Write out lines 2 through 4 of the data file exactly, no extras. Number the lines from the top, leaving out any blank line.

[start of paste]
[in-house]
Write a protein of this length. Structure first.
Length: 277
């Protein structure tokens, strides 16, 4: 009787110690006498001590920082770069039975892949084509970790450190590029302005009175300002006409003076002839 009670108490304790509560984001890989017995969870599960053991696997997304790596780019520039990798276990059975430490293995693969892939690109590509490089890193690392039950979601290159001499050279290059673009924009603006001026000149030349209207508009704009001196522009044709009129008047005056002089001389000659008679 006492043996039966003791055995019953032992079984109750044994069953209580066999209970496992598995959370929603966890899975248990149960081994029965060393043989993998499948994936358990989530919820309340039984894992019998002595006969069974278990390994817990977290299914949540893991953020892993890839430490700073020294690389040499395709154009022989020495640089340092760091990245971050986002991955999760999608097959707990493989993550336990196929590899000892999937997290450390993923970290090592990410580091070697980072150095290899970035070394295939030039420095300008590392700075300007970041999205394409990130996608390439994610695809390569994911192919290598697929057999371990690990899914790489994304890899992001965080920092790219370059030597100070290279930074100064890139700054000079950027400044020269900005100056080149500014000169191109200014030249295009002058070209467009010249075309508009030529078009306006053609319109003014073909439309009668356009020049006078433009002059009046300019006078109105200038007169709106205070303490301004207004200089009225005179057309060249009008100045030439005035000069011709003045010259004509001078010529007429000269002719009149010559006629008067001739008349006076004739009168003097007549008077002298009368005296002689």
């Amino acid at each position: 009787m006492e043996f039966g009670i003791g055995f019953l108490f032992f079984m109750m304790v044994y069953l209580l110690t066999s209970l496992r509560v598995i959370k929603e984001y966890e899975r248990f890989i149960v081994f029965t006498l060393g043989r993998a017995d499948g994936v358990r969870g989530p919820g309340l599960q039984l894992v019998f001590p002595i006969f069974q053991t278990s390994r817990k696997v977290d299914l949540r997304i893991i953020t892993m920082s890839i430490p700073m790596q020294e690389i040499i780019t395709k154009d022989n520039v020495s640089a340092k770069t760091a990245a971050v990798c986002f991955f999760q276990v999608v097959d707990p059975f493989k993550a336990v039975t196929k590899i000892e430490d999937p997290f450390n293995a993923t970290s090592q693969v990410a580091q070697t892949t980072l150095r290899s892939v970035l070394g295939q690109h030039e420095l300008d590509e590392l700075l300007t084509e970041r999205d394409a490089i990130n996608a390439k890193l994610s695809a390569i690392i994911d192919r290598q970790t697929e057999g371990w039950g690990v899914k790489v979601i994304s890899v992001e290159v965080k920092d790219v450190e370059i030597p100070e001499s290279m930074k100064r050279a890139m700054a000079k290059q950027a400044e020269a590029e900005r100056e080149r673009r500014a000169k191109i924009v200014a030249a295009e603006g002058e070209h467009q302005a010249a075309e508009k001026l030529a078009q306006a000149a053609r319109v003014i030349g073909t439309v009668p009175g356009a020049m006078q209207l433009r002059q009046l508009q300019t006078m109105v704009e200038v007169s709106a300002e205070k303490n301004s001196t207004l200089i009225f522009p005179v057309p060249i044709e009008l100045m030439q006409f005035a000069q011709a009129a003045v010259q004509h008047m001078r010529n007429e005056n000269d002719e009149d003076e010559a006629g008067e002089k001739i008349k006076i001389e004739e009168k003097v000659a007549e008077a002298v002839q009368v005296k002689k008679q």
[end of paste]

Write a protein of this length. Structure first.
Length: 277
């Protein structure tokens, strides 16, 4: 009787110690006498001590920082770069039975892949084509970790450190590029302005009175300002006409003076002839 009670108490304790509560984001890989017995969870599960053991696997997304790596780019520039990798276990059975430490293995693969892939690109590509490089890193690392039950979601290159001499050279290059673009924009603006001026000149030349209207508009704009001196522009044709009129008047005056002089001389000659008679 006492043996039966003791055995019953032992079984109750044994069953209580066999209970496992598995959370929603966890899975248990149960081994029965060393043989993998499948994936358990989530919820309340039984894992019998002595006969069974278990390994817990977290299914949540893991953020892993890839430490700073020294690389040499395709154009022989020495640089340092760091990245971050986002991955999760999608097959707990493989993550336990196929590899000892999937997290450390993923970290090592990410580091070697980072150095290899970035070394295939030039420095300008590392700075300007970041999205394409990130996608390439994610695809390569994911192919290598697929057999371990690990899914790489994304890899992001965080920092790219370059030597100070290279930074100064890139700054000079950027400044020269900005100056080149500014000169191109200014030249295009002058070209467009010249075309508009030529078009306006053609319109003014073909439309009668356009020049006078433009002059009046300019006078109105200038007169709106205070303490301004207004200089009225005179057309060249009008100045030439005035000069011709003045010259004509001078010529007429000269002719009149010559006629008067001739008349006076004739009168003097007549008077002298009368005296002689």